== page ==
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VOLUME LXI. Ngji THE DALLES, OREGON, MONDAY EVENING, APRIL 25, 1921. t No. 97.
nil l-l ,Tv . J - . . . . .
E TO U. S.
TEUTONS OFFER TO PAY ABOUT
WHAT FRANCE DE.
TERMS ARE REVISED
PAYMENTS TO BE DEFERRED AND
EXTENDED OVER LONGER
By United Press
WASHINGTON, April 25 The!
United States will guard against be-
ing put in the position of guarantee
ing payment of reparations by Ger
many, if this -country takes a hand
in the mediation dispute, it was
learned here authoritatively today.
(BERLIN, April 25. The German
note was handed to the American mis
sion late Sunday after a day's delib
eration on the part of the members
of the cabinet -with the'result that the
text of the final document is believed
to have been considerably more lib
eral in its offer of reparations than
the original draft.
Foreign Minister von Simons re
quested the mission not to permit
publication of the note at this time.
The total amount which German-'
now offers to pay is said to be about
equal to what France demanded al
though the terms are revised some
what. Thus, Germany would pay a
larger total than she previously offer
ed to pay and would make her first
five payments later than the previous
ly proposed first five annuities.
Altogether the payments would ex
tend over a longer period than France
previously has been willing to allow.
But the extension of time and the col
lection of additional interest would
about make up the total of France's
By Ralph H. Turner
(United News Statt Correspondent)
WASHINGTON, April 25. With the
state department ready to receive Ger
many's new proposals on reparations
and expecting them hourly, economic
experts in the American government
foresee a situation which will demand
full investigation Into Germany's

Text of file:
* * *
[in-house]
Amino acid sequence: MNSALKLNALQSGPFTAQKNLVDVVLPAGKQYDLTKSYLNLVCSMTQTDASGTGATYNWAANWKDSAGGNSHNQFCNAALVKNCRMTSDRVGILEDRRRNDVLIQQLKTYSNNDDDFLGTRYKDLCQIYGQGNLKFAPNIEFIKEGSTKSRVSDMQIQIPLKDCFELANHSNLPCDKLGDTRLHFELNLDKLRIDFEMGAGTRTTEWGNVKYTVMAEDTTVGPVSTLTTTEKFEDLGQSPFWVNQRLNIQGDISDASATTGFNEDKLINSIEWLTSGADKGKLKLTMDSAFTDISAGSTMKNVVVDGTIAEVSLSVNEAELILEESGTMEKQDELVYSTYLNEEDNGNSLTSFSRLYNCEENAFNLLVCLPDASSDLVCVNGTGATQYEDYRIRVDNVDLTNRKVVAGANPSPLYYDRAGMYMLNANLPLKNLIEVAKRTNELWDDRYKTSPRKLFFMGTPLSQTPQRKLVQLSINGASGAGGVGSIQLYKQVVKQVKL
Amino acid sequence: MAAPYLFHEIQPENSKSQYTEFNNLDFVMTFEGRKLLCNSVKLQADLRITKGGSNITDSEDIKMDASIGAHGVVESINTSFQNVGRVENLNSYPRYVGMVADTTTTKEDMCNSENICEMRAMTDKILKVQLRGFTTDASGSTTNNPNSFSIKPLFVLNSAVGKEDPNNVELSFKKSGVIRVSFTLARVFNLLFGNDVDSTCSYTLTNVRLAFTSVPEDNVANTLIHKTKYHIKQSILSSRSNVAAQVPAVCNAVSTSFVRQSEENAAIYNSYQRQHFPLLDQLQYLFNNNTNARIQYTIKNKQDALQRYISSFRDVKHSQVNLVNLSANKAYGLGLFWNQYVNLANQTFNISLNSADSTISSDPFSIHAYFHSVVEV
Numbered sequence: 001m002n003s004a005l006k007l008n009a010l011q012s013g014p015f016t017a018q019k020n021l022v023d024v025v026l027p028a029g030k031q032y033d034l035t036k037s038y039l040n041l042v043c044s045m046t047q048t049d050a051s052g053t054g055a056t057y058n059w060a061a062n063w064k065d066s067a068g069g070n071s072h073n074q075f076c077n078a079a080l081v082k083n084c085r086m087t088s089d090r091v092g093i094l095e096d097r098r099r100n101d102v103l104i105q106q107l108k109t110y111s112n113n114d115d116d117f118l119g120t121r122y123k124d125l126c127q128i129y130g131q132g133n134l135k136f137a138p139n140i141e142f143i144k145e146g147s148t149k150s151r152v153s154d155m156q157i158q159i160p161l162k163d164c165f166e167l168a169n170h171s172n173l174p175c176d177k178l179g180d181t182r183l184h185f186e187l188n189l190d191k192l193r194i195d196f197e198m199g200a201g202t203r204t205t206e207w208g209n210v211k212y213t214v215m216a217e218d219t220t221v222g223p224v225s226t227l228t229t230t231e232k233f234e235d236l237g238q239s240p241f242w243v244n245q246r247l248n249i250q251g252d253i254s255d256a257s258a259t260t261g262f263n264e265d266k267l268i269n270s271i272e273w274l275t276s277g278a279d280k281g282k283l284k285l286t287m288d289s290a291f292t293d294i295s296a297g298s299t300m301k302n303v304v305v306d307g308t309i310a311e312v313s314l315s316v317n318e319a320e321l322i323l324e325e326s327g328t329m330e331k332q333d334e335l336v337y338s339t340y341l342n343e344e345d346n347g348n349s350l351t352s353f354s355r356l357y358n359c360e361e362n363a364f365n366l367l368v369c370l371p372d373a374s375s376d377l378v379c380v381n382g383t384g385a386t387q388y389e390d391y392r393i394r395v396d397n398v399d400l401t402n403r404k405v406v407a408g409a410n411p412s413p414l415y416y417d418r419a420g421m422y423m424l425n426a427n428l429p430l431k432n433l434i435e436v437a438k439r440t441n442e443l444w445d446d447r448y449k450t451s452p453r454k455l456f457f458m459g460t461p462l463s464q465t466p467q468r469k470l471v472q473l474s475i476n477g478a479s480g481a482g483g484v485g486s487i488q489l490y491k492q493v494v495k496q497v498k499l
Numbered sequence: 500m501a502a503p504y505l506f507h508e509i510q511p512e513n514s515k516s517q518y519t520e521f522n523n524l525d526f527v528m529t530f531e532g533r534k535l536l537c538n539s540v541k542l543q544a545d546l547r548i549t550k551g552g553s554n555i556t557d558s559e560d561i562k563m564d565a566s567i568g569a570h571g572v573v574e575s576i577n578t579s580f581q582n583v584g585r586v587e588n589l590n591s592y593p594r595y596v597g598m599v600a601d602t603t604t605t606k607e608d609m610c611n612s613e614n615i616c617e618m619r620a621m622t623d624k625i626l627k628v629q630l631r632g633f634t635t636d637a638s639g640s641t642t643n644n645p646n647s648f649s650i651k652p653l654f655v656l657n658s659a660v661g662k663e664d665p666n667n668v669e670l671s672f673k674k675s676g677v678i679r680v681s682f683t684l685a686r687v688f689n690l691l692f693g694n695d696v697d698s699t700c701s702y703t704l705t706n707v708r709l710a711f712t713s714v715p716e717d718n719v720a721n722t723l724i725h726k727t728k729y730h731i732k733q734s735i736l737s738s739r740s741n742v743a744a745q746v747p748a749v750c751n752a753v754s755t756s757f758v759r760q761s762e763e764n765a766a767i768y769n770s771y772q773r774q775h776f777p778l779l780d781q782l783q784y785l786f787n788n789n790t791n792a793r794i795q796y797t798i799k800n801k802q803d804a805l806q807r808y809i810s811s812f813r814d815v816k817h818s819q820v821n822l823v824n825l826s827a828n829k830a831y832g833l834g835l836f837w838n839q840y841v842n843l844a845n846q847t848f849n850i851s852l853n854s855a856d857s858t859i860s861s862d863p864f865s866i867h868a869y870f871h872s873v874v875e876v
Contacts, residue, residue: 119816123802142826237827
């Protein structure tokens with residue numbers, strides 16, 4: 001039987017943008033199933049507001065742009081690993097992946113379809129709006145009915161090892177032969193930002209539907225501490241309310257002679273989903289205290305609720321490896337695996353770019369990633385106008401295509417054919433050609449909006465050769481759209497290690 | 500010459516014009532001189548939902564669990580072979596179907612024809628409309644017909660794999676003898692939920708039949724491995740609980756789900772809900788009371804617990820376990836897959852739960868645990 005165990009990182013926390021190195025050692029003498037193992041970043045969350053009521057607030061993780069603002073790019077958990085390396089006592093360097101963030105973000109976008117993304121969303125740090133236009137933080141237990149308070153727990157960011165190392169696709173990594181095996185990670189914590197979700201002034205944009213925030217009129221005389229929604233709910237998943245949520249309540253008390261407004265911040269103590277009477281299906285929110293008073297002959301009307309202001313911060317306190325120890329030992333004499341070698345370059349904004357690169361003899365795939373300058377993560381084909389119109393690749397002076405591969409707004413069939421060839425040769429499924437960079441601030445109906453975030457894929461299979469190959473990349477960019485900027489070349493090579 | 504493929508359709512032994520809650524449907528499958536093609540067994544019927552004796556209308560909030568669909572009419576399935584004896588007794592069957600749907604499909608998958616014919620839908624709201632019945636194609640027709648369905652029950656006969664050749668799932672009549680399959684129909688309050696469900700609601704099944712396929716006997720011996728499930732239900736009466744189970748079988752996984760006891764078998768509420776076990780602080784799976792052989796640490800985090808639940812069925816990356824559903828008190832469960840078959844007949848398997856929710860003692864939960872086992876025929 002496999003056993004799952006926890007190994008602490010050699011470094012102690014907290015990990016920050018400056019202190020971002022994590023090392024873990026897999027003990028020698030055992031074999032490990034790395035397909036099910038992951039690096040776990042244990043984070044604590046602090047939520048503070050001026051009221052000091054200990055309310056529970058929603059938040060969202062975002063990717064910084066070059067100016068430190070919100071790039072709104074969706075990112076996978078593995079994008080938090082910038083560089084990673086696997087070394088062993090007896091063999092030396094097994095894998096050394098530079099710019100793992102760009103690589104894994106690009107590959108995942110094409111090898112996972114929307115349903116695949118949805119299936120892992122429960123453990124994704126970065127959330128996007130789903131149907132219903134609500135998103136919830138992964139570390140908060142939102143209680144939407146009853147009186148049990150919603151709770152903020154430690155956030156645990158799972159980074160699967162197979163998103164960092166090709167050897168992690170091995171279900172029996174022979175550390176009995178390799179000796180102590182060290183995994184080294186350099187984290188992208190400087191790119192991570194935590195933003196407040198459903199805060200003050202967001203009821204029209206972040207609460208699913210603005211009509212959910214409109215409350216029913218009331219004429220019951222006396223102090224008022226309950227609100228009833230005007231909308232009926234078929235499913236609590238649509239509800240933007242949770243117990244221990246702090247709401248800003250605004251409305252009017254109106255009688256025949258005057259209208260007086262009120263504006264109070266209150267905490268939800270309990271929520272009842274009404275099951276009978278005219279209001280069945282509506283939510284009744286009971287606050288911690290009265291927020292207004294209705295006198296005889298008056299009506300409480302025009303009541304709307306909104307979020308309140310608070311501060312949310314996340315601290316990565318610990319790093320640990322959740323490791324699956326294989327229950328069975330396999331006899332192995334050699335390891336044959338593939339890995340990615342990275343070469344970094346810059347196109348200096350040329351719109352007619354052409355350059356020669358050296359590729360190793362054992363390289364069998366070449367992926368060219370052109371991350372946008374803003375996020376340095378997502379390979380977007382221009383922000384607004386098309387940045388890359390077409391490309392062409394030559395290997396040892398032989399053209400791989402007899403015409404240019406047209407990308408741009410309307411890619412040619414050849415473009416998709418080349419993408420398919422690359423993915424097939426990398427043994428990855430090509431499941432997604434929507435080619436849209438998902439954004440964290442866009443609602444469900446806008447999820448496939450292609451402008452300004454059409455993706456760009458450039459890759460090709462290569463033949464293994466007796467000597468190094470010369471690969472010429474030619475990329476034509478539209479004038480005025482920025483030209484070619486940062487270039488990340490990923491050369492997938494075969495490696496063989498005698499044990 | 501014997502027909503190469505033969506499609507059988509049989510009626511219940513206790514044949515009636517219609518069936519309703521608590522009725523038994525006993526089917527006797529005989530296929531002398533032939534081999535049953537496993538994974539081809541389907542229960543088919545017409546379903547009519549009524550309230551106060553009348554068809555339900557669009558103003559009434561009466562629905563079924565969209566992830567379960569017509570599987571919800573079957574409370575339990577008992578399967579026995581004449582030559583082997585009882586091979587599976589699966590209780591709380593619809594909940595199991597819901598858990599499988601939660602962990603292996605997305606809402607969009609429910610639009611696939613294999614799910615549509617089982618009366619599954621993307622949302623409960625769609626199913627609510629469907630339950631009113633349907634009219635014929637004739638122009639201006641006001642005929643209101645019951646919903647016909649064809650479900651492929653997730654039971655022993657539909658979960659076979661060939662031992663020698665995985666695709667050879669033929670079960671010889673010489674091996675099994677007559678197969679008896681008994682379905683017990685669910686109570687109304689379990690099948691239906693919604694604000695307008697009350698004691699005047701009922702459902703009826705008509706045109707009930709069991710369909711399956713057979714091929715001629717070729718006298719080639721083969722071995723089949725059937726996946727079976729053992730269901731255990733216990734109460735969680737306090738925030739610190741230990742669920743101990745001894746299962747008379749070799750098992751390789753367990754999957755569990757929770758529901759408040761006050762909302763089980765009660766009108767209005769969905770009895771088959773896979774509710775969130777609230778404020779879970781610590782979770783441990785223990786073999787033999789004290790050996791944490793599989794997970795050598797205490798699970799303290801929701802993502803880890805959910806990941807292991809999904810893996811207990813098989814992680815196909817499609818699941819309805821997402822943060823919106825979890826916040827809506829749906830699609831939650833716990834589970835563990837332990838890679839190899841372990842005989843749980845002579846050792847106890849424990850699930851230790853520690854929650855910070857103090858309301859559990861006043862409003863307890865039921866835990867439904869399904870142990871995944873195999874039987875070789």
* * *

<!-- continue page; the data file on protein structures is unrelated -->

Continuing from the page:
ability to pay the allies.
The program of the German govern
ment is expected to be followed by a
series of conferences between the
United States and the allies in which
they will try to definitely decide the
amount Germany shall pay.
Secretary Hughes promised he
would consider forwarding the Ger
man terms to the allied governments
In a manner acceptable to them. In
view of this situation and the fact
that America desires a re-opening of
negotiations on a new basis, state de
partment officials are preparing for
the necessity of harmonizing Amer
ican economic views with those of
Considerable attention is. being paid
. , to figures prepared by the department
commerce, which Bhow the rapid In
crease In American purchases from
(Continued on Page 6.)
GIRL OBEYS BANDIT;
SAVES BIG DIAMOND
ROBBERS 8ECURE $1500 FROM
ARTIST AND HER MOTOR
By United Press
CHICAGO, April 25 "Keep your
mouth shut," commanded the leader!
of four bandits, when they kidnaped
and robbed Helen Spangler, and
Charles Holland, with whom she was
Miss Spangler obeyed. She took a
big diamond ring from nor mouth
after the bandits bad leh.
The robbers secured 11,500 in cash
aad Jewelry, koweTer.
BABY BOY DROWNS -M
PULMOTOR FAILS TO RESUSCI.
TATE LAD WHO SLIPPED
Slipping from a projecting ledge of
rock -upon which he was playing, to
gether with several other children,
Clifford Lagrand Watson, four-year-old
son of Mr. and Mrs. Arthur Wat
son, late Saturday afternoon fell into
a small pool of accumulated rain wat
er and was drowned.
The stagnant pool i3 about 20 yards
from the family home, 1125 West
Sixth street, the water having accum
ulated in a rocky hollow during last
winter's heavy rain. The water Is
about six feet deep.
The little boy had, been playing with
several companions of his own age,
when they suddenly heard a cry and
saw him floundering in the water. Un
able to reach the drowning boy, his
playmates ran to the house and called
to the father.
Assisted by another man, the father
waded Into the pool and groped along
the bottom until the body was found.
Dr. Fred Thompson and Chief of
Police Heater responded to the hurry
up call sent in by Watson, bringing
with them the city pulmotor. This
instrument was used in an attempt
to resucltate the baby. After working
over the body for 15 minutes, Dr.
Thompson pronounced the boy dead.
The boy is survived, besides his
parents, by two si3ters, Violet and Lu
ella, vaged 5 and" 9 years respective
ly. Funeral services will be held to